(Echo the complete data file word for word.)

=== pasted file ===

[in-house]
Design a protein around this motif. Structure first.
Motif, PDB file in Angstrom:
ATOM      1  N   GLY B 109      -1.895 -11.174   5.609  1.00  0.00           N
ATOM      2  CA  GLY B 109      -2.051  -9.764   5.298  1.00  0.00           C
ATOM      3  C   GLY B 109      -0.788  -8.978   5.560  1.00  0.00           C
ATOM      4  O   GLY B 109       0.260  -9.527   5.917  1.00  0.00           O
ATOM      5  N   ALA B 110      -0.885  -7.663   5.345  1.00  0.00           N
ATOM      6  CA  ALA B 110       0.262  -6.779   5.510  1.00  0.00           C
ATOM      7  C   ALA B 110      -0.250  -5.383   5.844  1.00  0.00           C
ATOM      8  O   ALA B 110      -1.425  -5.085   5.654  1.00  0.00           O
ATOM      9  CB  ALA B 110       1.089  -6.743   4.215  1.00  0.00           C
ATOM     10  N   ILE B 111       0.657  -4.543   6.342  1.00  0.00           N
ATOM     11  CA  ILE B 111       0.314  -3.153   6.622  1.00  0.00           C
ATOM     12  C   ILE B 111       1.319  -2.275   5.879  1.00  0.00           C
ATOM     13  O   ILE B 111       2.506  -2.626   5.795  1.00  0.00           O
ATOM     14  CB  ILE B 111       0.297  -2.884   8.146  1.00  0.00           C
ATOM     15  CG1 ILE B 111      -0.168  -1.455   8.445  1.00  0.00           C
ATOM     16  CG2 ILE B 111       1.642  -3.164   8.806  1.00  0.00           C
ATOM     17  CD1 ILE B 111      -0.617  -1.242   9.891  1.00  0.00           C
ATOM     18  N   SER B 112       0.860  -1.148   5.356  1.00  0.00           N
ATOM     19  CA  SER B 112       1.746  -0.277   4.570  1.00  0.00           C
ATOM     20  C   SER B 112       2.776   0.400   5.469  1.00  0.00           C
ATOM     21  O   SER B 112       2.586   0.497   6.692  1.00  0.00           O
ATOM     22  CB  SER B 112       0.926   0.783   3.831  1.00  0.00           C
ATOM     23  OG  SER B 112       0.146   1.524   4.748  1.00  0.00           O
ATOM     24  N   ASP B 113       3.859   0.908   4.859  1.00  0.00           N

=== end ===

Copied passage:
[in-house]
Design a protein around this motif. Structure first.
Motif, PDB file in Angstrom:
ATOM      1  N   GLY B 109      -1.895 -11.174   5.609  1.00  0.00           N
ATOM      2  CA  GLY B 109      -2.051  -9.764   5.298  1.00  0.00           C
ATOM      3  C   GLY B 109      -0.788  -8.978   5.560  1.00  0.00           C
ATOM      4  O   GLY B 109       0.260  -9.527   5.917  1.00  0.00           O
ATOM      5  N   ALA B 110      -0.885  -7.663   5.345  1.00  0.00           N
ATOM      6  CA  ALA B 110       0.262  -6.779   5.510  1.00  0.00           C
ATOM      7  C   ALA B 110      -0.250  -5.383   5.844  1.00  0.00           C
ATOM      8  O   ALA B 110      -1.425  -5.085   5.654  1.00  0.00           O
ATOM      9  CB  ALA B 110       1.089  -6.743   4.215  1.00  0.00           C
ATOM     10  N   ILE B 111       0.657  -4.543   6.342  1.00  0.00           N
ATOM     11  CA  ILE B 111       0.314  -3.153   6.622  1.00  0.00           C
ATOM     12  C   ILE B 111       1.319  -2.275   5.879  1.00  0.00           C
ATOM     13  O   ILE B 111       2.506  -2.626   5.795  1.00  0.00           O
ATOM     14  CB  ILE B 111       0.297  -2.884   8.146  1.00  0.00           C
ATOM     15  CG1 ILE B 111      -0.168  -1.455   8.445  1.00  0.00           C
ATOM     16  CG2 ILE B 111       1.642  -3.164   8.806  1.00  0.00           C
ATOM     17  CD1 ILE B 111      -0.617  -1.242   9.891  1.00  0.00           C
ATOM     18  N   SER B 112       0.860  -1.148   5.356  1.00  0.00           N
ATOM     19  CA  SER B 112       1.746  -0.277   4.570  1.00  0.00           C
ATOM     20  C   SER B 112       2.776   0.400   5.469  1.00  0.00           C
ATOM     21  O   SER B 112       2.586   0.497   6.692  1.00  0.00           O
ATOM     22  CB  SER B 112       0.926   0.783   3.831  1.00  0.00           C
ATOM     23  OG  SER B 112       0.146   1.524   4.748  1.00  0.00           O
ATOM     24  N   ASP B 113       3.859   0.908   4.859  1.00  0.00           N